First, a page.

MDE Proposes Building Energy Performance Standards Regulations and Opens Comment Period

Key Takeaways

  • What Happened?
  1. MDE proposed regulations for Building Energy Performance Standards (BEPS). Covered buildings would be required to measure and report energy use, and meet interim and final performance standards in future years.
  • Who is Affected?
  1. Building owners of buildings 35,000 square feet or larger, with certain exceptions.
  2. Electric and gas companies that have obligations to provide specified energy data to covered building owners.
  • What Should I Do?
  1. Determine application to your business, and assess whether any exemptions apply.
  2. Consider submitting comments to express concerns or agreement with the proposed regulation or to clarify any nuances relevant to your business.
  3. Develop a compliance strategy.
  4. Stay apprised of the publication of the final version of the regulation.

The Maryland Department of the Environment (MDE) published its Proposed Building Energy Performance Standards (BEPS) in the December 15, 2023 Issue of the Maryland Register. Affected parties must submit comments on the proposed regulation by January 18, 2024 (5:00 p.m.). MDE will hold a virtual public hearing on the same day at 10:00 am.

Background on the Proposed Regulations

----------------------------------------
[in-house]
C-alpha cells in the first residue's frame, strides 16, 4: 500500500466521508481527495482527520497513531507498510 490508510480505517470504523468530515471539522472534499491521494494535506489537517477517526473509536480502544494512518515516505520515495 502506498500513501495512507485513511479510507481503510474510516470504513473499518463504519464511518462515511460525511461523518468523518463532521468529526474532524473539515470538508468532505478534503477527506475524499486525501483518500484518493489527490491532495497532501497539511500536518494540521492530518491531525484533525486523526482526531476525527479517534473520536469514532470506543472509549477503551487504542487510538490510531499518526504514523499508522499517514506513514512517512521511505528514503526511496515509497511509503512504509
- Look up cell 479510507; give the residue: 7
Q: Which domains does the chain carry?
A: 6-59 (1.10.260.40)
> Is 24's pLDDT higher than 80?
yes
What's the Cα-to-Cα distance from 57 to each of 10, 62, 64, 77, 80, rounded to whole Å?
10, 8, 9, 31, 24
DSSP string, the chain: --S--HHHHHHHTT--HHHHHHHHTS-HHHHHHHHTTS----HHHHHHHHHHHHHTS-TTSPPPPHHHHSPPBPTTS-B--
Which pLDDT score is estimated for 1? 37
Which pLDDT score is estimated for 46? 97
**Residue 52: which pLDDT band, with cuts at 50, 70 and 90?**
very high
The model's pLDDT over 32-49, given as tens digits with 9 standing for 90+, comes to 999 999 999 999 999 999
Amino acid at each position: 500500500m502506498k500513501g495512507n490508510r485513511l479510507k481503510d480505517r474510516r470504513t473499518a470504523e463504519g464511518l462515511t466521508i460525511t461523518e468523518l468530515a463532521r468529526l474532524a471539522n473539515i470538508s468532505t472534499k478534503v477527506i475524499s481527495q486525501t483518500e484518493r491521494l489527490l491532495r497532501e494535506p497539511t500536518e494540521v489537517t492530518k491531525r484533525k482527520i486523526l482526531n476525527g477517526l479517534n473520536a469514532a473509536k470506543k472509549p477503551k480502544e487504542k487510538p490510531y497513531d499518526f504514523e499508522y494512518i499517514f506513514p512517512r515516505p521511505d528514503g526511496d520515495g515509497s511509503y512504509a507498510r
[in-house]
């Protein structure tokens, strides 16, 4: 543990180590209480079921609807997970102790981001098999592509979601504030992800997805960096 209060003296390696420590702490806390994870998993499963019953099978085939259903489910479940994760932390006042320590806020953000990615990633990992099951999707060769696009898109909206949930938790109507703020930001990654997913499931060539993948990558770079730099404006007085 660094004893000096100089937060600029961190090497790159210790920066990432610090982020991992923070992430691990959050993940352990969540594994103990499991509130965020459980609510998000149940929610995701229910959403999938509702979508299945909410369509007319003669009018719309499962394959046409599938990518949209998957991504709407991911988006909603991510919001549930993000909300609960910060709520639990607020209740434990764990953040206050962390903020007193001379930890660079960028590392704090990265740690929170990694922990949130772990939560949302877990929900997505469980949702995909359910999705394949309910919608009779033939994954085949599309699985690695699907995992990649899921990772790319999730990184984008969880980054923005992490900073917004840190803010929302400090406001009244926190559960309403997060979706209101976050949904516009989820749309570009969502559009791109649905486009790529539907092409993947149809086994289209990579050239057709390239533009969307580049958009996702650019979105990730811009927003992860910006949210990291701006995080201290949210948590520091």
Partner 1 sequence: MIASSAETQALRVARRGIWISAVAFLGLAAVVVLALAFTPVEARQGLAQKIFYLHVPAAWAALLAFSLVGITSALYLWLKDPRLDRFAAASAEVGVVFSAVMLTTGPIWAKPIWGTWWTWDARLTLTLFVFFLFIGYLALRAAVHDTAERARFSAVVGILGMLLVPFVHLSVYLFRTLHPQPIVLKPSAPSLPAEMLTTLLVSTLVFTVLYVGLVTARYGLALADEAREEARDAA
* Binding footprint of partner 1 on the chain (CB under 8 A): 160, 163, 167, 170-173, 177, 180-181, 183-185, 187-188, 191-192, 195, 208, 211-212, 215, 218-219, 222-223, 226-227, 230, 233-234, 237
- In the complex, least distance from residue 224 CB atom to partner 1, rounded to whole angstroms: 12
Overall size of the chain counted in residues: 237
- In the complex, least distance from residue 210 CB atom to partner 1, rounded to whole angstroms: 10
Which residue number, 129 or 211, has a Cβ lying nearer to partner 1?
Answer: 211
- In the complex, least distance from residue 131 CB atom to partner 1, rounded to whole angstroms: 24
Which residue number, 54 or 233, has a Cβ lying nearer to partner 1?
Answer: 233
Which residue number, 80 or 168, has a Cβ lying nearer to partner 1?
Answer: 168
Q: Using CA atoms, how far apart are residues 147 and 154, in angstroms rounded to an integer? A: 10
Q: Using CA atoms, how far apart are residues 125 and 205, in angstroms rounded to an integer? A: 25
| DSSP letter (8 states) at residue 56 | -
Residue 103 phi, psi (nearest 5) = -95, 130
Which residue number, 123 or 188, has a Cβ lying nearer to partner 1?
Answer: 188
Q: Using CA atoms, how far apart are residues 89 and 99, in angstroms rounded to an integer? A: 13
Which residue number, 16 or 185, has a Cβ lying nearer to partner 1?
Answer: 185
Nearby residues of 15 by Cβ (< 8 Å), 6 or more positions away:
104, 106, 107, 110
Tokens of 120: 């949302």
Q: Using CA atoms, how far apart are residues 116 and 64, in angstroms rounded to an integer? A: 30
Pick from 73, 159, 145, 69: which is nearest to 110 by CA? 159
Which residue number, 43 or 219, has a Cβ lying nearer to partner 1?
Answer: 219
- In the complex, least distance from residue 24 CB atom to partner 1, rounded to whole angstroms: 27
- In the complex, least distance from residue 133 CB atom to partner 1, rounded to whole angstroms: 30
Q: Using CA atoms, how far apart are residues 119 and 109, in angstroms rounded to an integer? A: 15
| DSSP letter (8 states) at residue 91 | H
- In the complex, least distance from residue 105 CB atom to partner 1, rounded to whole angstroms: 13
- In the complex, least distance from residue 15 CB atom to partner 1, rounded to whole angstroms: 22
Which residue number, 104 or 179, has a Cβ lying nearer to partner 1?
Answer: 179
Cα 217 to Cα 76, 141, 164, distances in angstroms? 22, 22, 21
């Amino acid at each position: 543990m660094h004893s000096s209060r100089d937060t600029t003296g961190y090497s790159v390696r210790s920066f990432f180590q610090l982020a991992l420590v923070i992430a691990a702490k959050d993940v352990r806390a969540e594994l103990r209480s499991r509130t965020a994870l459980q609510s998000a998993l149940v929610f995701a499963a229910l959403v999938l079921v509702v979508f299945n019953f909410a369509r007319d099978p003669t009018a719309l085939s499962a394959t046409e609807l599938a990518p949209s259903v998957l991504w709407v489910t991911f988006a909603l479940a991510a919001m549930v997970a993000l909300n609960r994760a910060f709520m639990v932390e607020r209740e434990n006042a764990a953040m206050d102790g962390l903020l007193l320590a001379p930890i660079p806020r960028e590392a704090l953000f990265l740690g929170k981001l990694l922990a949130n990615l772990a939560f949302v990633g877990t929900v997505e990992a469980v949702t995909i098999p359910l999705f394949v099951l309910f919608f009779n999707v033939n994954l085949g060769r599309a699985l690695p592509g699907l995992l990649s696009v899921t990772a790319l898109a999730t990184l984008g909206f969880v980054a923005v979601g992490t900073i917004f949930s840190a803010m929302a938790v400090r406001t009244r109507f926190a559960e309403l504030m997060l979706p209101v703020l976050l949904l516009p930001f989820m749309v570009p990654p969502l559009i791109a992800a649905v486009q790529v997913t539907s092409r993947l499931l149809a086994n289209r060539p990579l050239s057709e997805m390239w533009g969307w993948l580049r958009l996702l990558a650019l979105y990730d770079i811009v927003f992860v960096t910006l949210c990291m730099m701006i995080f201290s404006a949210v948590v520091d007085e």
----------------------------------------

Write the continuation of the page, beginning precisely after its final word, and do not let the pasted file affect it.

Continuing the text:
The Climate Solutions Now Act (2022) requires Maryland to reduce statewide Greenhouse Gas (GHG) emissions by 60% below 2006 levels by 2031 and achieve net-zero emissions by 2045. As part of that State law, to address GHG contributions from larger buildings (at least 35,000 square feet), the Act requires MDE to promulgate energy use intensity (EUI) targets by building type, and building energy performance standards. MDE has now proposed its implementing regulations. MDE’s proposal has two basic elements: 1) mandatory measurement (or benchmarking) and reporting of GHG emissions, beginning with 2024 data to be reported in 2025; and 2) interim and final net direct emissions and final site EUI standards, tied to a compliance schedule that begins in 2030. Final standards would apply in 2040 and beyond. The regulation also proposes a schedule of alternative compliance (or “in lieu”) fees, that would become due if a company does not meet net direct emission standards. The regulation does not specify what actions a building owner may need to take to improve building energy performance.

The proposed regulations are retroactive, requiring January 1, 2024 GHG emission data to be collected and reported to MDE.

Building owners are in a unique position to get ahead of this issue to understand any challenges the regulation presents and manage compliance obligations posed by the regulation.

Beveridge & Diamond’s Air and Climate Change practice group helps private and municipal clients navigate all aspects of compliance with Clean Air Act regulations for criteria pollutants, hazardous air pollutants, and greenhouse gases, rulemakings, and permitting processes. The firm tracks and advises clients on Maryland's rapidly evolving regulatory landscape, including the Climate Solutions Now Act. For more information, please contact the authors.